Leonard Gordon Park

 Borglum-Bear-Profilecapt2 imageHome to the best sledding in Jersey City and absolutely stunning views of the Pulaski Skyway and Secaucus, Dr. Leonard J. Gordon Park is named for one of Jersey City’s most illustrious nineteenth century citizens. Popular with local roller hockey and soccer aficionados, Gordon Park is often affectionately referred to by local residents by its nickname, Mosquito Park.

Built at the height of the City Beautiful movement of the late 19th and early 20th centuries, today Leonard J. Gordon Park is best know for its iconic reclining statues Buffalo and Bears, by renowned sculpture Solon Hannibal Borglum, which grace its northern and southern entrances. 

A prize-winning member of the 1875 Graduating Class of Bellevue Hospital Medical School, Dr. Gordon was a life-long civic activist. In addition to founding a medical dispensary for the indigent, he also convinced the Lorillard Tobacco Company, for whom he worked as a chemist, to open a 6000 volume reading room for all the company’s (mostly immigrant) employees. He once famously quit a local athletic club because a mail carrier was denied membership. His crowning achievement, however, was his push for and founding of the Free Public Library of Jersey City in 1894. Dr. Gordon served as supervisor of the Library until his death in 1907 at his home at 485 Jersey Avenue, which still stands today. He is also responsible for the Soldiers and Sailors Victory Monument located on Grove Street in front of City Hall.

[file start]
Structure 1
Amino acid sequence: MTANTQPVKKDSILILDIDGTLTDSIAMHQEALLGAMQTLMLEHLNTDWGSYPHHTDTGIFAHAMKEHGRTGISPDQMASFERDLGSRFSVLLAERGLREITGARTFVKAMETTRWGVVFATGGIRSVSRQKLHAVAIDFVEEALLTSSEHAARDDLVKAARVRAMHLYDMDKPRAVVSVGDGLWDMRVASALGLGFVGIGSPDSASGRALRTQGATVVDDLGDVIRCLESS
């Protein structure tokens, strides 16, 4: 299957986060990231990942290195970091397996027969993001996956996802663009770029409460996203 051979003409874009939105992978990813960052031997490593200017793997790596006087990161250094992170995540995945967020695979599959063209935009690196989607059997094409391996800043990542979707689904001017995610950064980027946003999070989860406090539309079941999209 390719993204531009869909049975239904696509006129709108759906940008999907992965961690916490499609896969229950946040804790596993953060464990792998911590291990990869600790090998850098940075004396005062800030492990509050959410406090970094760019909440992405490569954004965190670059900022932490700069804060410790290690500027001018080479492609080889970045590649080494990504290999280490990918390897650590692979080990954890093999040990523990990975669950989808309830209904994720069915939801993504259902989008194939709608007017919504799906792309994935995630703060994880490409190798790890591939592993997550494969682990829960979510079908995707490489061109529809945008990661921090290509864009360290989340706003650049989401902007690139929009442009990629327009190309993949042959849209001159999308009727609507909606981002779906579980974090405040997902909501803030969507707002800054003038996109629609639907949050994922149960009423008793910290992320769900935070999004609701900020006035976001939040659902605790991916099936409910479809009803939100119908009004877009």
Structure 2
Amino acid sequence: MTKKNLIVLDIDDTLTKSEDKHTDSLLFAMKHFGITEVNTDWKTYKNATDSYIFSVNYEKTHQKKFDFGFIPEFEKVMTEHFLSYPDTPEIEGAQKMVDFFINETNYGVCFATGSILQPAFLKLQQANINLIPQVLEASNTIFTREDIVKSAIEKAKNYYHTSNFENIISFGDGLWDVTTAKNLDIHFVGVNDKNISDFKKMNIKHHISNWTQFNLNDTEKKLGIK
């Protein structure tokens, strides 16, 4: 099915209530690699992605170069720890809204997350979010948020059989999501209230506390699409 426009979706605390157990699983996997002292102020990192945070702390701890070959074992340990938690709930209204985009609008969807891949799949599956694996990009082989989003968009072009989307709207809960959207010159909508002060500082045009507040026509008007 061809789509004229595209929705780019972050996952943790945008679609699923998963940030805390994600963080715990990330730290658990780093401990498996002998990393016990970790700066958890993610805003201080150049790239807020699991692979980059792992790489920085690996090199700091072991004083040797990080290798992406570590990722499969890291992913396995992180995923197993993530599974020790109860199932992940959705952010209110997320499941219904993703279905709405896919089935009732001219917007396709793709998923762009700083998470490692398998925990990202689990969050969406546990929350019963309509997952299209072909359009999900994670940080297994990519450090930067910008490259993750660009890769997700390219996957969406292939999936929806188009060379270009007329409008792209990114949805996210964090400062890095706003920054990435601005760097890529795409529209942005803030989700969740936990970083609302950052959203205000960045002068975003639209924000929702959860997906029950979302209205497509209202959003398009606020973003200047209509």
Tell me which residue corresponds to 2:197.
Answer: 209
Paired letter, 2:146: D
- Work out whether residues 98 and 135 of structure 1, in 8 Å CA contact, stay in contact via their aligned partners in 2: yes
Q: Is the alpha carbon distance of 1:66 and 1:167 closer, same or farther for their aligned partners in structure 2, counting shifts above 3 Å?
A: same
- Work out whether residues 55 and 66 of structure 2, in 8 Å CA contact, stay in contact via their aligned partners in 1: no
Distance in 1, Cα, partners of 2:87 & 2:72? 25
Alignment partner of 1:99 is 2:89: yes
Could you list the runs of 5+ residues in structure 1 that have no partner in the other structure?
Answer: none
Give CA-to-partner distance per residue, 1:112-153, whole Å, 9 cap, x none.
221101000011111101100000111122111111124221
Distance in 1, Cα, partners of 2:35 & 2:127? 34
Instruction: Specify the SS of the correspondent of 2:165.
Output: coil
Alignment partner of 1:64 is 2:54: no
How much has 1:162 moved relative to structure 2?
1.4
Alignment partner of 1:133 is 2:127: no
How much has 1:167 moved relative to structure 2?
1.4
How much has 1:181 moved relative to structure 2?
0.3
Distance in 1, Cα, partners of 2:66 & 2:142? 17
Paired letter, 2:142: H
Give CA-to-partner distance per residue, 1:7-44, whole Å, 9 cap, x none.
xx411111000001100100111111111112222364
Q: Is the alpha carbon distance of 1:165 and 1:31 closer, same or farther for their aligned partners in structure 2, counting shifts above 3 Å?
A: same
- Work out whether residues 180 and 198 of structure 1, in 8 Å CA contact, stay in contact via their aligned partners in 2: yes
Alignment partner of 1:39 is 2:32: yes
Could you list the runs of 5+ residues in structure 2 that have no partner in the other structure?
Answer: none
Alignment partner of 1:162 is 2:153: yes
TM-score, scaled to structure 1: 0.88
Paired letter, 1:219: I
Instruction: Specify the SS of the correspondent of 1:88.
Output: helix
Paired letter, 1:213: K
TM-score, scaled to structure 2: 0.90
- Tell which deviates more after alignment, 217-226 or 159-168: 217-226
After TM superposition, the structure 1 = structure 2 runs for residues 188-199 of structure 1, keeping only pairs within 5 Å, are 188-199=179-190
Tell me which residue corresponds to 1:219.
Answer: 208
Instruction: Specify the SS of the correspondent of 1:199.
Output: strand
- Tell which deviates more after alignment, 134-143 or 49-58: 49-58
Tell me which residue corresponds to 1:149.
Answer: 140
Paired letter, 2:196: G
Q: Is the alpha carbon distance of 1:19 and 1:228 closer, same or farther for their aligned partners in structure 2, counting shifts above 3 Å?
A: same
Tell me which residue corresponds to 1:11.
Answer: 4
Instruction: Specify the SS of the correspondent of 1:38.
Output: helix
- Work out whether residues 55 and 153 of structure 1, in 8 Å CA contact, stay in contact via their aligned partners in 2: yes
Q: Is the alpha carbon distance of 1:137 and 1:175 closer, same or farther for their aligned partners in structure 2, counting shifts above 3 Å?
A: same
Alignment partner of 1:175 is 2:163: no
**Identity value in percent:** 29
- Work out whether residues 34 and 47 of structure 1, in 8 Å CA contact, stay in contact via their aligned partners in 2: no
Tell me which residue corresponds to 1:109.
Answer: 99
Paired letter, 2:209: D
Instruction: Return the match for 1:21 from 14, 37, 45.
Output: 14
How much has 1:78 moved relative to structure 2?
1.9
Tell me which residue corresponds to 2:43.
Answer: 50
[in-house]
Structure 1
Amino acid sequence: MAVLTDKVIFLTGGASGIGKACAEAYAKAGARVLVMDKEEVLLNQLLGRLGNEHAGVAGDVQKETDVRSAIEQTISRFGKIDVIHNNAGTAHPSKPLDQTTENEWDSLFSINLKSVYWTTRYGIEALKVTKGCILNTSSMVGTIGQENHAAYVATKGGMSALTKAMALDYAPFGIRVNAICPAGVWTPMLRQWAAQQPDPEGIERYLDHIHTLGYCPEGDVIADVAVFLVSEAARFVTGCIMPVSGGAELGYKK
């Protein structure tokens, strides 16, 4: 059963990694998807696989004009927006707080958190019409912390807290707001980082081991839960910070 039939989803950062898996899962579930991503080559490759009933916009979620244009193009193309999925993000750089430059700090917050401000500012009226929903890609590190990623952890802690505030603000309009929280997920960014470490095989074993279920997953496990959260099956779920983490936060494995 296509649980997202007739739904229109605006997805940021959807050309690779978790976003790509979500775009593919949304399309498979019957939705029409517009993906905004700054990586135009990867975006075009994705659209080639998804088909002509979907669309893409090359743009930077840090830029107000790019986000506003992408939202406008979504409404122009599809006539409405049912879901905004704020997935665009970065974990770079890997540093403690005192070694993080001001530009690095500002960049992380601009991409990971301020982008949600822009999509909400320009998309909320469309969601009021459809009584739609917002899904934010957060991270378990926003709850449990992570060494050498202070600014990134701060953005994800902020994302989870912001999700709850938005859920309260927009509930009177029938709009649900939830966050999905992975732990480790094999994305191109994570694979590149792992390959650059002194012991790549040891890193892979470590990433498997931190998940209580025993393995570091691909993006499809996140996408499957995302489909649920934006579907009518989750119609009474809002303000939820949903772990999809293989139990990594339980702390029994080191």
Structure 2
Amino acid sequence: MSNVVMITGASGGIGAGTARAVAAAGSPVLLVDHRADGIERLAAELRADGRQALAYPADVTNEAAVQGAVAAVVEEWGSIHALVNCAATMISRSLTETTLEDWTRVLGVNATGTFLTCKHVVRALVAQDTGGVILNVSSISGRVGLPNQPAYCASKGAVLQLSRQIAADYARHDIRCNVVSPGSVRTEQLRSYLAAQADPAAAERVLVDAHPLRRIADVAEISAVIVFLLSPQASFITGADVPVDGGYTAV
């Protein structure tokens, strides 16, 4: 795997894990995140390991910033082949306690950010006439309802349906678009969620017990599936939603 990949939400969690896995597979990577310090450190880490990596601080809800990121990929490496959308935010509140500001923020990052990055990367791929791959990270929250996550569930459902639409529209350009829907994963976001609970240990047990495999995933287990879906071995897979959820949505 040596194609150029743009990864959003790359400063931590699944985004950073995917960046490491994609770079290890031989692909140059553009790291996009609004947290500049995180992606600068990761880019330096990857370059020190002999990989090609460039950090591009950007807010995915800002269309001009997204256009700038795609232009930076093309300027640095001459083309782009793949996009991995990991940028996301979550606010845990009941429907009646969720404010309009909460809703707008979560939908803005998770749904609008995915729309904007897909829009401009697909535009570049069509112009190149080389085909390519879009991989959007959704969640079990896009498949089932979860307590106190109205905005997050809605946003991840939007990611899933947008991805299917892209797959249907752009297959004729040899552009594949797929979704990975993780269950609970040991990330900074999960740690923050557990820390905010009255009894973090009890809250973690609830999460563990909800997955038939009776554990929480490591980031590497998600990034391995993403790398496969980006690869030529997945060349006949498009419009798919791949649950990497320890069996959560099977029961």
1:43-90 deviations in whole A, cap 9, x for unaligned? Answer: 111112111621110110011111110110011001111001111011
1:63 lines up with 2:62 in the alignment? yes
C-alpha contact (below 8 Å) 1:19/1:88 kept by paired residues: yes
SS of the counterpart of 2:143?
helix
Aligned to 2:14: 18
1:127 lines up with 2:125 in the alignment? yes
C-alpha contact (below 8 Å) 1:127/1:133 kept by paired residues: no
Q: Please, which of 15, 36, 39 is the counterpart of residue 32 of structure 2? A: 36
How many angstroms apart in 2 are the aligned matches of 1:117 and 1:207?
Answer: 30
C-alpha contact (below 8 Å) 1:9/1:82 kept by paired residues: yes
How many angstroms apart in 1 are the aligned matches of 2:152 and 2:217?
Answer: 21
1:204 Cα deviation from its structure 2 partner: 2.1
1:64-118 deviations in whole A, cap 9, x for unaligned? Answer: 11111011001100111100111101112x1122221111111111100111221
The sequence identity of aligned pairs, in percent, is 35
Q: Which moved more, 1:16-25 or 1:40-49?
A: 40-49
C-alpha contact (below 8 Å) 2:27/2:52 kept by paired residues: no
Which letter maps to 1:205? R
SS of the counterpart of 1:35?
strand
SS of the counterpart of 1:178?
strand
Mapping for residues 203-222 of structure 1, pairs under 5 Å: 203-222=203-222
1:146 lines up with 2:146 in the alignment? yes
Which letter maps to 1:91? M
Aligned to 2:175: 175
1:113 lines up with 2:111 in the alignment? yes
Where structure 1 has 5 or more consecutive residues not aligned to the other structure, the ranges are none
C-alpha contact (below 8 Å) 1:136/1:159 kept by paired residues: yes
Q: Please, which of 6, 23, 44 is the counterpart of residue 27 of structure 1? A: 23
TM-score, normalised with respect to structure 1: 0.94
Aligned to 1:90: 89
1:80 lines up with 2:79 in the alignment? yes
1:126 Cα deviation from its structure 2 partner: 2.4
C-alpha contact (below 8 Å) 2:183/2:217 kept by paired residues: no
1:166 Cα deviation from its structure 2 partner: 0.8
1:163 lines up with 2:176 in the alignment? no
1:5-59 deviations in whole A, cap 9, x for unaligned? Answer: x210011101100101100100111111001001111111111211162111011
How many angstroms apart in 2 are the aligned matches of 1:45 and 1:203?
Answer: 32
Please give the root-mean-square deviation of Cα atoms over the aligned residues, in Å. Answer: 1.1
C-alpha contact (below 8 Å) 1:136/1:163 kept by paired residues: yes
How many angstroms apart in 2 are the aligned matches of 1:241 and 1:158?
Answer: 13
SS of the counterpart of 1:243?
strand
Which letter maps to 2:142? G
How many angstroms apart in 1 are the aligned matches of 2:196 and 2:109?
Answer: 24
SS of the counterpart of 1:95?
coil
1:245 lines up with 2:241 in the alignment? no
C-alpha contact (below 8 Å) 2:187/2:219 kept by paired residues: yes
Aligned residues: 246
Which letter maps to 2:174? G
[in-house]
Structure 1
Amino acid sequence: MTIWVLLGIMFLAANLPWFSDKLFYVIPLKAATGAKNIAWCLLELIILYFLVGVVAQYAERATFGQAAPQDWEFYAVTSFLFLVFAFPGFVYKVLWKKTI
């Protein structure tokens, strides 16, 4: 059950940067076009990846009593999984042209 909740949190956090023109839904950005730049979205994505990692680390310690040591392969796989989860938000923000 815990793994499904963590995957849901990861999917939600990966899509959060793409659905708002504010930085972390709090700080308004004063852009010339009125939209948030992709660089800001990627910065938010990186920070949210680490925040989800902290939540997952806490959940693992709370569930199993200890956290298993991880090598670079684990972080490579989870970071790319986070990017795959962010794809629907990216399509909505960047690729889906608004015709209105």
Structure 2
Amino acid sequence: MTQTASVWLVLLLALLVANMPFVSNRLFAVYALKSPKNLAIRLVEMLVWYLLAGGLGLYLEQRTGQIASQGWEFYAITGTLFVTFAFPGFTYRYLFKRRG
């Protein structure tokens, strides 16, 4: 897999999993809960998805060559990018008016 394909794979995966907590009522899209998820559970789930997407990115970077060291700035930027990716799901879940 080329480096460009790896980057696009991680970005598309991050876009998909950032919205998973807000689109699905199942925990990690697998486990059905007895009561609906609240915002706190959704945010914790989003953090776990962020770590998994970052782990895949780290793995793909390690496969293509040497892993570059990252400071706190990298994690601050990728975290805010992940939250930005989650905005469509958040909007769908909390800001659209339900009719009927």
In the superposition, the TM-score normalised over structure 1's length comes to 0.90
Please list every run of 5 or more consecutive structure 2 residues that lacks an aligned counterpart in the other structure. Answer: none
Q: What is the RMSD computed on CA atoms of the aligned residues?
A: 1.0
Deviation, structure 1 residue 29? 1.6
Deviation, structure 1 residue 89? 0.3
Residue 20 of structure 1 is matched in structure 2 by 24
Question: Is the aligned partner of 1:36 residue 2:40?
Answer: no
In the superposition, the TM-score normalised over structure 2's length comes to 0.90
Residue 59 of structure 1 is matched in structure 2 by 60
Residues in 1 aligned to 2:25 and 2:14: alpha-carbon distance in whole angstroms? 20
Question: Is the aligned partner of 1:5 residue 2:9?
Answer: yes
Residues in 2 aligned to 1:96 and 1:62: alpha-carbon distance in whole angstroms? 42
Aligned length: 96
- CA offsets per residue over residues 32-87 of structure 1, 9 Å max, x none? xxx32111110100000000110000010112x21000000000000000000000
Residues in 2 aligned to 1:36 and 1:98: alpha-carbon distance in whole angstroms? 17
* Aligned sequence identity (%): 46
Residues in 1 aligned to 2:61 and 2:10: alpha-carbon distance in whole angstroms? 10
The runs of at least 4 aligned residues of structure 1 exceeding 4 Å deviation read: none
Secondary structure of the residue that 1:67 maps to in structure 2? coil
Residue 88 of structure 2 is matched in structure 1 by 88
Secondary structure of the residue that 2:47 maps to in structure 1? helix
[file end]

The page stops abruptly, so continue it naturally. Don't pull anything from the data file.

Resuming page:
Situated on nearly six acres of hilly terrain on the western slope of the Palisades between Kennedy Boulevard and Liberty Avenue in the Jersey City Heights, Leonard J. Gordon Park is nearly six acres and contains:

  • gazebo  
  • fenced children’s playground 
  • two basketball courts 
  • a tennis court 
  • passive open space  

In addition to the Buffalo and Bears, other park statuary includes a World War I Memorial Doughboy Statue, probably cast by the J.W. Fiske Company of New York, a granite memorial from the Raymond Sipnick Post of the Jewish War Veterans, and a bronze reclining lion. 

Leonard J. Gordon Park has been recommended for renovations and improvements by the 2008 Recreation and Open Space Master Plan. Those improvements are slated to begin in 2011. For more information on recommendations and improvements for Leonard J. Gordon Park, read more here. 

Cultural Events 

  • Indo-American Day Parade & Festiva

Dr. Lena Edwards Park

One of Jersey City’s most popular neighborhood parks, Dr. Lena Edwards Park on Johnston Avenue and Pine Street is named for a prominent physician and long-time Jersey City resident who was a Presidential Medal of Freedom recipient.

Lena Francis Edwards was born in Washington, D.C. in 1900 to a prosperous African American family. She graduated from Howard University Medical School in 1924.